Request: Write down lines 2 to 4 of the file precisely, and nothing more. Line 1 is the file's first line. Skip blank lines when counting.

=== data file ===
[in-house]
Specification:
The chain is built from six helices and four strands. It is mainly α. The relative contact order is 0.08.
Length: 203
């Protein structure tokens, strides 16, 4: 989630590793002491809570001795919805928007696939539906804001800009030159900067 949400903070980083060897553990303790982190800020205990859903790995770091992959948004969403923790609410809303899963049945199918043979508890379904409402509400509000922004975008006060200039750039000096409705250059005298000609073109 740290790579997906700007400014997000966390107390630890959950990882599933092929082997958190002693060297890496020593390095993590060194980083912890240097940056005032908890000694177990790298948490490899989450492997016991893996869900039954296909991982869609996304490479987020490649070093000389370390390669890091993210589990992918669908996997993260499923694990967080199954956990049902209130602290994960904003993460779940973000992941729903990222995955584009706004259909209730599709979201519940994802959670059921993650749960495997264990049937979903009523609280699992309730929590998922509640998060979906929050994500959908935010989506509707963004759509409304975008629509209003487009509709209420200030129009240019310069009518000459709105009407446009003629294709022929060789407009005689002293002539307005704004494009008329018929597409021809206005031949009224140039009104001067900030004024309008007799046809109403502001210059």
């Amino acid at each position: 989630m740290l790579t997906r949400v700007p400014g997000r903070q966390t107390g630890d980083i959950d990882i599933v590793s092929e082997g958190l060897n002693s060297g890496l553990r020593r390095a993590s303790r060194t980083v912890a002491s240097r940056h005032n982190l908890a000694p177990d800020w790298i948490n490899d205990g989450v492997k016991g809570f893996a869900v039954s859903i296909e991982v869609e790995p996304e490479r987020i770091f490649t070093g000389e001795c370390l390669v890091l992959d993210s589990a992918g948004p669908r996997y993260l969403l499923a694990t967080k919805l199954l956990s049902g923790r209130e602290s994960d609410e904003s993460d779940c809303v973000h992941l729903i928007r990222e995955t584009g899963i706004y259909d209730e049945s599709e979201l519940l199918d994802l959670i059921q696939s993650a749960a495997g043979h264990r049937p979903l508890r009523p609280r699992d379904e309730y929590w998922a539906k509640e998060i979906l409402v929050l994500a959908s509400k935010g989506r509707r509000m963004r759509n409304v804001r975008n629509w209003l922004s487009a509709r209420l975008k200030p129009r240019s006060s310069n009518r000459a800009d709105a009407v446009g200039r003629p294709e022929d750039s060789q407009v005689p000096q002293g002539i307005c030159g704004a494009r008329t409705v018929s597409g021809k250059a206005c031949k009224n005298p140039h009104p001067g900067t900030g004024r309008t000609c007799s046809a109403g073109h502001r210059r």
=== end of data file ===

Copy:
Specification:
The chain is built from six helices and four strands. It is mainly α. The relative contact order is 0.08.
Length: 203